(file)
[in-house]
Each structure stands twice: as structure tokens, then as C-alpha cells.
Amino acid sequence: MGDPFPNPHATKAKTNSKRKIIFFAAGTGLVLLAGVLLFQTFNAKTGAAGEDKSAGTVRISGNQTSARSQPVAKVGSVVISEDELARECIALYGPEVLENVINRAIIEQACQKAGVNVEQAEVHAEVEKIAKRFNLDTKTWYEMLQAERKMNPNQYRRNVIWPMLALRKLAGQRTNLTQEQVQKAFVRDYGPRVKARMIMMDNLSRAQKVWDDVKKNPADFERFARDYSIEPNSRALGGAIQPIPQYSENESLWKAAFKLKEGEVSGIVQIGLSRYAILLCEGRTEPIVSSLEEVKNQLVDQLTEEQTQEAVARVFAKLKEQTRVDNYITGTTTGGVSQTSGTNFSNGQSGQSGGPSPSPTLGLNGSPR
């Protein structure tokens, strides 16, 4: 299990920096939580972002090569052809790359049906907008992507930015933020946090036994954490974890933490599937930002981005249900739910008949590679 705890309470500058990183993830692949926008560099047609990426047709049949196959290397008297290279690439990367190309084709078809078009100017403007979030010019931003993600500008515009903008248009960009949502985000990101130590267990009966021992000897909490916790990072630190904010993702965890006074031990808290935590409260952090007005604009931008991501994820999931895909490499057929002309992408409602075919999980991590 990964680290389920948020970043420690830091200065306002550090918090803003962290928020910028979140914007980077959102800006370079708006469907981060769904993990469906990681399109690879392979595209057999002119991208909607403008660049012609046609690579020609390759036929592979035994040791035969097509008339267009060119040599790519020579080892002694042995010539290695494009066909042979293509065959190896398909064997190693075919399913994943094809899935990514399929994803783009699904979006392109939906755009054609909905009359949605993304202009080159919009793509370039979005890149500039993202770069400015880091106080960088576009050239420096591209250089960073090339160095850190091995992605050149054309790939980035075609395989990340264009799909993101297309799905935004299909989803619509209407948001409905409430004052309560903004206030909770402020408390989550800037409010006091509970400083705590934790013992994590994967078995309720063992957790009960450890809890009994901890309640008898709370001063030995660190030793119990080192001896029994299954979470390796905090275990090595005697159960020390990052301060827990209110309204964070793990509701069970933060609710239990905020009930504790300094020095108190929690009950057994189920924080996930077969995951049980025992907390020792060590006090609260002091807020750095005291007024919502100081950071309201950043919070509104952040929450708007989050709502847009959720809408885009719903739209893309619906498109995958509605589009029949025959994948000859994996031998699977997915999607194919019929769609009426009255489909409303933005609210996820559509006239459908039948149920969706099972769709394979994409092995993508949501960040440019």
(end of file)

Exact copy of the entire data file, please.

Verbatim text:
[in-house]
Each structure stands twice: as structure tokens, then as C-alpha cells.
Amino acid sequence: MGDPFPNPHATKAKTNSKRKIIFFAAGTGLVLLAGVLLFQTFNAKTGAAGEDKSAGTVRISGNQTSARSQPVAKVGSVVISEDELARECIALYGPEVLENVINRAIIEQACQKAGVNVEQAEVHAEVEKIAKRFNLDTKTWYEMLQAERKMNPNQYRRNVIWPMLALRKLAGQRTNLTQEQVQKAFVRDYGPRVKARMIMMDNLSRAQKVWDDVKKNPADFERFARDYSIEPNSRALGGAIQPIPQYSENESLWKAAFKLKEGEVSGIVQIGLSRYAILLCEGRTEPIVSSLEEVKNQLVDQLTEEQTQEAVARVFAKLKEQTRVDNYITGTTTGGVSQTSGTNFSNGQSGQSGGPSPSPTLGLNGSPR
């Protein structure tokens, strides 16, 4: 299990920096939580972002090569052809790359049906907008992507930015933020946090036994954490974890933490599937930002981005249900739910008949590679 705890309470500058990183993830692949926008560099047609990426047709049949196959290397008297290279690439990367190309084709078809078009100017403007979030010019931003993600500008515009903008248009960009949502985000990101130590267990009966021992000897909490916790990072630190904010993702965890006074031990808290935590409260952090007005604009931008991501994820999931895909490499057929002309992408409602075919999980991590 990964680290389920948020970043420690830091200065306002550090918090803003962290928020910028979140914007980077959102800006370079708006469907981060769904993990469906990681399109690879392979595209057999002119991208909607403008660049012609046609690579020609390759036929592979035994040791035969097509008339267009060119040599790519020579080892002694042995010539290695494009066909042979293509065959190896398909064997190693075919399913994943094809899935990514399929994803783009699904979006392109939906755009054609909905009359949605993304202009080159919009793509370039979005890149500039993202770069400015880091106080960088576009050239420096591209250089960073090339160095850190091995992605050149054309790939980035075609395989990340264009799909993101297309799905935004299909989803619509209407948001409905409430004052309560903004206030909770402020408390989550800037409010006091509970400083705590934790013992994590994967078995309720063992957790009960450890809890009994901890309640008898709370001063030995660190030793119990080192001896029994299954979470390796905090275990090595005697159960020390990052301060827990209110309204964070793990509701069970933060609710239990905020009930504790300094020095108190929690009950057994189920924080996930077969995951049980025992907390020792060590006090609260002091807020750095005291007024919502100081950071309201950043919070509104952040929450708007989050709502847009959720809408885009719903739209893309619906498109995958509605589009029949025959994948000859994996031998699977997915999607194919019929769609009426009255489909409303933005609210996820559509006239459908039948149920969706099972769709394979994409092995993508949501960040440019």